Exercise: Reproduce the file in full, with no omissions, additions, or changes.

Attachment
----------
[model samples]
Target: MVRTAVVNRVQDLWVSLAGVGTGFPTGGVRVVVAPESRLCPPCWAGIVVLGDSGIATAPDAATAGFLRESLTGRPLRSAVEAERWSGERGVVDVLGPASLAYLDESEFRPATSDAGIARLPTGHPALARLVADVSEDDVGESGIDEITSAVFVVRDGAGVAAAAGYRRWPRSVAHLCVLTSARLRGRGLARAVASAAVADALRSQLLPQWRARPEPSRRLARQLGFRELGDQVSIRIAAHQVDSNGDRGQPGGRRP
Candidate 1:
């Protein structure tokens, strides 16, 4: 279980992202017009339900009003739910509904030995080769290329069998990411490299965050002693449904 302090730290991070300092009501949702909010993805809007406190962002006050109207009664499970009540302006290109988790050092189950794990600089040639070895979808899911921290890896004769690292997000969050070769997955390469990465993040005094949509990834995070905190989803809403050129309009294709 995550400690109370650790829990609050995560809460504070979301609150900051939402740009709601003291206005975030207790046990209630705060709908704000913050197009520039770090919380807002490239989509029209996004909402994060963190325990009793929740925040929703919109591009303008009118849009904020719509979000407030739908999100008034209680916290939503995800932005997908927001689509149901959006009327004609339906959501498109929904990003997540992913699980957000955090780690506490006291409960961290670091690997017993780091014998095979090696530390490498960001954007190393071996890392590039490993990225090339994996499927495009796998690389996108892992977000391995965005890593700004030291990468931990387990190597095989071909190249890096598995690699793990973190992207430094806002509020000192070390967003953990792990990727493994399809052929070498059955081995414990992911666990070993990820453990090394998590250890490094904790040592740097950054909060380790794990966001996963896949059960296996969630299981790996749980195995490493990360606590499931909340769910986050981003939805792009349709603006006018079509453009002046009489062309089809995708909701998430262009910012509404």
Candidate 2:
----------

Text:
[model samples]
Target: MVRTAVVNRVQDLWVSLAGVGTGFPTGGVRVVVAPESRLCPPCWAGIVVLGDSGIATAPDAATAGFLRESLTGRPLRSAVEAERWSGERGVVDVLGPASLAYLDESEFRPATSDAGIARLPTGHPALARLVADVSEDDVGESGIDEITSAVFVVRDGAGVAAAAGYRRWPRSVAHLCVLTSARLRGRGLARAVASAAVADALRSQLLPQWRARPEPSRRLARQLGFRELGDQVSIRIAAHQVDSNGDRGQPGGRRP
Candidate 1:
């Protein structure tokens, strides 16, 4: 279980992202017009339900009003739910509904030995080769290329069998990411490299965050002693449904 302090730290991070300092009501949702909010993805809007406190962002006050109207009664499970009540302006290109988790050092189950794990600089040639070895979808899911921290890896004769690292997000969050070769997955390469990465993040005094949509990834995070905190989803809403050129309009294709 995550400690109370650790829990609050995560809460504070979301609150900051939402740009709601003291206005975030207790046990209630705060709908704000913050197009520039770090919380807002490239989509029209996004909402994060963190325990009793929740925040929703919109591009303008009118849009904020719509979000407030739908999100008034209680916290939503995800932005997908927001689509149901959006009327004609339906959501498109929904990003997540992913699980957000955090780690506490006291409960961290670091690997017993780091014998095979090696530390490498960001954007190393071996890392590039490993990225090339994996499927495009796998690389996108892992977000391995965005890593700004030291990468931990387990190597095989071909190249890096598995690699793990973190992207430094806002509020000192070390967003953990792990990727493994399809052929070498059955081995414990992911666990070993990820453990090394998590250890490094904790040592740097950054909060380790794990966001996963896949059960296996969630299981790996749980195995490493990360606590499931909340769910986050981003939805792009349709603006006018079509453009002046009489062309089809995708909701998430262009910012509404």
Candidate 2: